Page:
Don’t be disheartened if you’re unable to solve the problem as quickly as you would like to. Taking your time to find the right solution, when you can is always preferable to jumping to conclusions or rushing into making decisions. Remember to keep those who need to know (e.g. Keyworker, therapist of sponsor) updated in terms of your progress throughout the problem-solving process.
13. Avoid Distractions
When we try to think objectively about our problems and the solutions we need to use to overcome these problems can be made even more difficult because of distractions around us. We try and think of our problems and we often constantly get distracted by phones, notifications, emails, other people, external noises, TV’s and other technologies, music, children and others. If you find these distractions difficult to cope with while trying to find proactive solutions to your problem, try removing these distractions as much as possible. Have a look below to find some ways to reduce these distractions.
Music however, can be a distraction to some people whilst it can help others focus on their task in hand. This is a personal preference and everyone will choose differently. If you enjoy having music on, try listening to music that is softer and more calming rather than music such as rock ‘n’ roll, heavy metal or music that has a fast beat or high tones.
|Phones||Try turning your phone off, putting it on silent, moving it out of your field of vision, put it in another room or give it to someone else if you need to ensure someone will answer your phone if someone calls or text messages you.|
|Notifications & Emails||Try to turn off notifications if they are on your phone as mentioned above, close email software or put a sign on your door asking not to be disturbed.|
|Other People||Try to find somewhere you can be alone or choose a time when family members or others will be out, let colleagues know you do not want to be disturbed until a set time or use distraction techniques such as ear plugs to block out external noise.|
|External Noises||Close windows, doors or other openings which allow external sounds in, use ear plugs to block out noise or move to a location where there is minimal or no external distractions at all.|
|TV’s/Technologies||Turn off TV’s, tablets, phones, consoles, laptops or other technologies which may distract you. If you have family members, children or colleagues around, ask them to turn it down, use headphones or go somewhere else to watch TV or use their technology elsewhere. You can also ask other colleagues to keep the noise down, put up external signage asking for the same or choose a time or place where this distractions will not occur (where time permits).|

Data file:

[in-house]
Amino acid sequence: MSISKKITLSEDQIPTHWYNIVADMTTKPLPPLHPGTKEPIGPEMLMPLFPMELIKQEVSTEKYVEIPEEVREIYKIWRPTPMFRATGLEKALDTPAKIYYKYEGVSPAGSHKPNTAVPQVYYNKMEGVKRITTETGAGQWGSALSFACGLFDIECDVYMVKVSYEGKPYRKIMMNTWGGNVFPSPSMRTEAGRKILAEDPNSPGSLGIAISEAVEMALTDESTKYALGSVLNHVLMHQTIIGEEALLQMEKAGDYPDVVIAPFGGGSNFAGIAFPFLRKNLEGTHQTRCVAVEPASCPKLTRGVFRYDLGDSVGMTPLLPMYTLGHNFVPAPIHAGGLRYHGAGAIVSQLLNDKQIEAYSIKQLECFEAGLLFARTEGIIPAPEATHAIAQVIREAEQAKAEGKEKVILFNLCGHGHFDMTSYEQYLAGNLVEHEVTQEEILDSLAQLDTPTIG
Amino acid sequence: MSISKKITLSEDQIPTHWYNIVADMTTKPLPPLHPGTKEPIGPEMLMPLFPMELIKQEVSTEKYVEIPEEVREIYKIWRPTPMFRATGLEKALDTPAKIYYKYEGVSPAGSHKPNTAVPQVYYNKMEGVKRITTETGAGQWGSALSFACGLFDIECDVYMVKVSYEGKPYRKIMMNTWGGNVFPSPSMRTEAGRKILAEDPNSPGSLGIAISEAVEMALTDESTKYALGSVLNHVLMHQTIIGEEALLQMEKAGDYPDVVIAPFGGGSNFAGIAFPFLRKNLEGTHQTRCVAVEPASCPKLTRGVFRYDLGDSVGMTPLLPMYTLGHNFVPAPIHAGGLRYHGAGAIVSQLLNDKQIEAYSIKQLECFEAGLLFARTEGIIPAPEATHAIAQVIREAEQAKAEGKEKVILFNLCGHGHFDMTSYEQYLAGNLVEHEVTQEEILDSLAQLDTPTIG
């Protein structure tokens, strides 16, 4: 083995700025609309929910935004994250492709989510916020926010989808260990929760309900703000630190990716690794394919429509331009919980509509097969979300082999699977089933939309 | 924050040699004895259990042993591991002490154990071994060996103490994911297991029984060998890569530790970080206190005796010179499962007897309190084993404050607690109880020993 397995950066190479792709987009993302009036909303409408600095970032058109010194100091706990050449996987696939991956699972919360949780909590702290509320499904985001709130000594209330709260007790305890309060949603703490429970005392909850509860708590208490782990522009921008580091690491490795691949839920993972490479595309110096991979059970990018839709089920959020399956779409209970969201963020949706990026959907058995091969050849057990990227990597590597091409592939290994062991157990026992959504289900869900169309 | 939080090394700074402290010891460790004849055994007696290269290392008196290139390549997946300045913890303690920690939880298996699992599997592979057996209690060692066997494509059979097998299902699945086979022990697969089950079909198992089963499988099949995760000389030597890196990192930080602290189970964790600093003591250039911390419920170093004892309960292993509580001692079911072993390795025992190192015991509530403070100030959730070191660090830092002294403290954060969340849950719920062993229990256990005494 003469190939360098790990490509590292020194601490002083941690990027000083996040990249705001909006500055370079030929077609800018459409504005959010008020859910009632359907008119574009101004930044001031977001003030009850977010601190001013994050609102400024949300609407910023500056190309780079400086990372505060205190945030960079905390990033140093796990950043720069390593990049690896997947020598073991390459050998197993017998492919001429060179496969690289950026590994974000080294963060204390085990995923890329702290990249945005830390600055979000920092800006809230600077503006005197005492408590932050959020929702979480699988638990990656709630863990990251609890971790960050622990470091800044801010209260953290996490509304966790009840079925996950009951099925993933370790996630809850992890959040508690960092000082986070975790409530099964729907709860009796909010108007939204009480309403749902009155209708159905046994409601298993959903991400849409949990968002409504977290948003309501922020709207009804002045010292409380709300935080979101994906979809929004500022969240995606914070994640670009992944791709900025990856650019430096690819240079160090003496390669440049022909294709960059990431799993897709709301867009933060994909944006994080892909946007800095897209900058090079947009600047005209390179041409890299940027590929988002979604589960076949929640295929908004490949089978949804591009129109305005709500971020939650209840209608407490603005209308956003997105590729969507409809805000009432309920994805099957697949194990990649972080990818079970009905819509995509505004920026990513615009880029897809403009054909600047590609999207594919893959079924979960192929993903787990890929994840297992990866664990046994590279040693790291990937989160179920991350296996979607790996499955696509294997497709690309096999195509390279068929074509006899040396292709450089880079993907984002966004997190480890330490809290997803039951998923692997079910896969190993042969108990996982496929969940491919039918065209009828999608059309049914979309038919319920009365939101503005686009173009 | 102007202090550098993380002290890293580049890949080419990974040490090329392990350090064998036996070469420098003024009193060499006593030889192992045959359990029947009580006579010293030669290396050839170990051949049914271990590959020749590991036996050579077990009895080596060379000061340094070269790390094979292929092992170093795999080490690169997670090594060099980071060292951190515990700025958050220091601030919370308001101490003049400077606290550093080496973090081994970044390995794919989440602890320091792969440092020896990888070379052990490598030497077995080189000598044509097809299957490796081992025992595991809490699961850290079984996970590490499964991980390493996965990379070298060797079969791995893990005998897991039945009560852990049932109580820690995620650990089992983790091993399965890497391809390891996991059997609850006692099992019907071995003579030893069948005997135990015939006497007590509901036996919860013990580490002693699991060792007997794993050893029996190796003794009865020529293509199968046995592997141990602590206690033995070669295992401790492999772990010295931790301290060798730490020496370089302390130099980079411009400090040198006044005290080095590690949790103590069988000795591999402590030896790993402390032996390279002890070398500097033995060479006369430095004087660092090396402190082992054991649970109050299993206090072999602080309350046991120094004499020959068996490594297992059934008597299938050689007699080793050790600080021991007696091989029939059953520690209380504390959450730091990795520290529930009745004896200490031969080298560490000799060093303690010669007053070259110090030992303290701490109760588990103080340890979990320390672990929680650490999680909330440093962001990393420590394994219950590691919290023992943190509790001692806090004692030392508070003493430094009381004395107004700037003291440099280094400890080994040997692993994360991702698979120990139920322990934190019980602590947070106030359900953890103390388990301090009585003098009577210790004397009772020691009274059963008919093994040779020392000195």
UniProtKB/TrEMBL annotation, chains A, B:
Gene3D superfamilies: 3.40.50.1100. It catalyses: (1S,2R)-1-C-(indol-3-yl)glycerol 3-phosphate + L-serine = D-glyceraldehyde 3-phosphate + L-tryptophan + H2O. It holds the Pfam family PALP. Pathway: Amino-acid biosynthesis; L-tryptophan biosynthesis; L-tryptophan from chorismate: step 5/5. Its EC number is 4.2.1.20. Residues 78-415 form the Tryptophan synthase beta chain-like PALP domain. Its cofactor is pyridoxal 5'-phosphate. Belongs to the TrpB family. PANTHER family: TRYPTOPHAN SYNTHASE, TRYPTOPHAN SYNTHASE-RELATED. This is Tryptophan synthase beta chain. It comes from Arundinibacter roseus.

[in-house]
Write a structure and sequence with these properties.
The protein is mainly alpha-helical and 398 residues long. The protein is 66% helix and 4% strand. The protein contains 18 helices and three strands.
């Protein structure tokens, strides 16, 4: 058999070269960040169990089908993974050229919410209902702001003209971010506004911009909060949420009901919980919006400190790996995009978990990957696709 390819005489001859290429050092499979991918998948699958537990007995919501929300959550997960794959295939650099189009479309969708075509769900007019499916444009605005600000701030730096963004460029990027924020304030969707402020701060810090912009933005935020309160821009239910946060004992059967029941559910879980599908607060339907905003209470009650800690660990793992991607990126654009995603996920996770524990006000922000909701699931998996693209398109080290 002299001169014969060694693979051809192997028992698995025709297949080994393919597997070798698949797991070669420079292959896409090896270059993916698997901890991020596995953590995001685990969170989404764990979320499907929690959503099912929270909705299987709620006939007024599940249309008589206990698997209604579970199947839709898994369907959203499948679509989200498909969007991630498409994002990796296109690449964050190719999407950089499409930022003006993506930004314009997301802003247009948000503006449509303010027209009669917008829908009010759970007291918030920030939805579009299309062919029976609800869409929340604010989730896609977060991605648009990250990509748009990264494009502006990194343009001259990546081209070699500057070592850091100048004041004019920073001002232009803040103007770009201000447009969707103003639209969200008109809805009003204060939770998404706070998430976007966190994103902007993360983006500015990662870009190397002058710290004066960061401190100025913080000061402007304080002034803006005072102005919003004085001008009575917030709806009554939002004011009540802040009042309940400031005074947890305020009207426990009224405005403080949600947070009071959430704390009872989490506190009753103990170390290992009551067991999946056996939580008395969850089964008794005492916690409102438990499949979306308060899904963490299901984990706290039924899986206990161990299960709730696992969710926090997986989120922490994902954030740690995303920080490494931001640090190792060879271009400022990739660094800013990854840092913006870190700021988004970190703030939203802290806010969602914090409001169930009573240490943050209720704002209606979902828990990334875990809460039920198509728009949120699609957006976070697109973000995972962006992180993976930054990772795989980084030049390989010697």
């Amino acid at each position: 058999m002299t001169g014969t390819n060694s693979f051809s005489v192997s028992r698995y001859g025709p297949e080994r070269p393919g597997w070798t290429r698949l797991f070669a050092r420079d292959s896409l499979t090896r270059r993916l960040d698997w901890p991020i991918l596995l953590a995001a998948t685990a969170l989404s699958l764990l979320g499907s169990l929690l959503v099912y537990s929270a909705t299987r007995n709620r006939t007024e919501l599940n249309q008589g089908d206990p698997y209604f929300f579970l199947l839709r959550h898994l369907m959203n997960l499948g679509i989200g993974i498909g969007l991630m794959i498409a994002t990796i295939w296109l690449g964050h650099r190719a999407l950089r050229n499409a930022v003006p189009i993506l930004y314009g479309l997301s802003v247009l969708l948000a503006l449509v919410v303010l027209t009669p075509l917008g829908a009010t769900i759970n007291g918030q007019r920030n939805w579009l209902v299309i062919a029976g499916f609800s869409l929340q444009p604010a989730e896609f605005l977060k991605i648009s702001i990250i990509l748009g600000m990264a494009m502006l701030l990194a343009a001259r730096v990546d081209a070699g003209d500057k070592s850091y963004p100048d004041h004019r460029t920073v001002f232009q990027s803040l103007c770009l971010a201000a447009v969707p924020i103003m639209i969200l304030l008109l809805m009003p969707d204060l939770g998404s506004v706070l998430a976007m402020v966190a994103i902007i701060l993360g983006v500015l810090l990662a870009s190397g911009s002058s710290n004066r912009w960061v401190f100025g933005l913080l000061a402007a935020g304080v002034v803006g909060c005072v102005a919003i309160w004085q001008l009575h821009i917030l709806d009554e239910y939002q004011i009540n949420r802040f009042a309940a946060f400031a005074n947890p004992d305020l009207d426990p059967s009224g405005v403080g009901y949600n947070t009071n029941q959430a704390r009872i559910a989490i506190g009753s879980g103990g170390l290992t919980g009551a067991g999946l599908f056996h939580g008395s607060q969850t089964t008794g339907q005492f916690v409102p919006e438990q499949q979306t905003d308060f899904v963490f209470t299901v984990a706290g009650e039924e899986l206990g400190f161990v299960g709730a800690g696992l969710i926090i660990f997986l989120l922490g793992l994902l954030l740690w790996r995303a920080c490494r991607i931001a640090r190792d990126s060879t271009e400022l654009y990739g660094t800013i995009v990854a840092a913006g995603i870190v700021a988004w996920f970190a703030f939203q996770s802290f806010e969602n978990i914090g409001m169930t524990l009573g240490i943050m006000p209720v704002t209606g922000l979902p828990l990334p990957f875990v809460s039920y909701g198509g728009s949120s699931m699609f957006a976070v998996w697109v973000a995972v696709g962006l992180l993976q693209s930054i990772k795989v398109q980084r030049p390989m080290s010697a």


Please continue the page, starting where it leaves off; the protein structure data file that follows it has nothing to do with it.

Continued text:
|Music||Turn off music if you prefer to have silence, ask others who may be listening to music to use headphones, go elsewhere or ask them to stop and continue when you have finished.|
|Children||Depending on the age of the child/children, they may be able to give you their perspective on your problem(s), likewise if they are young, they may cause you to become constantly distracted by them. If possible, ask your partner to take them out for a while. You could also ask family members, nursery schools, play groups ect to look after them to give you some alone/quiet time so you can concentrate on the problem in hand.|
And finally… Reflect & evaluate
Once your problem is finally solved, take some time to reflect on which aspects of your approach worked, which didn’t and what you would do differently next time. You may be able to apply some of these experiences, approaches or new knowledge gained the next time a problem arises. You can also help others who may be going through a similar situation to you. In this case, you could pass on your knowledge, experience or solutions which could be applied to their problem too.
Allowing others to come to you with their problems is a sign of respect and appreciation for your input, should they ask you for your advice, opinion or perspective. This “mutual support network” allows each of us to help others whilst also allowing us to be helped when we have a problem that others have already experiences and successfully overcome. This “open door” policy allows us to help and support each other.
You can also find help and support on our help and support page here.
Overcoming Tunnel Vision When Thinking About Our Problems
Where To Go From Here?
Try to apply some of the tools, techniques and information discussed here to your problems going forward. Like anything else, it is a learning experience, for which we aren’t always going to make the right decisions first time around. However, as you continue to use this information, you will hone your problem solving skills, gain further knowledge and mound all of this information into one unique, personal package that will continue to improve and grow the more you use them. Your package will look different from someone else’s so don’t worry if someone else is coping better than you, achieving things quicker than you or even making a bigger amount of success than you. The recovery process is a journey that we are all on once we’ve decided that the quality of life we had before was non-existent and that we deserve and want a better quality of life, greater happiness, success, confidence, satisfaction and becoming content with the greater life that exists after we cease our active using and drinking “lifestyle”.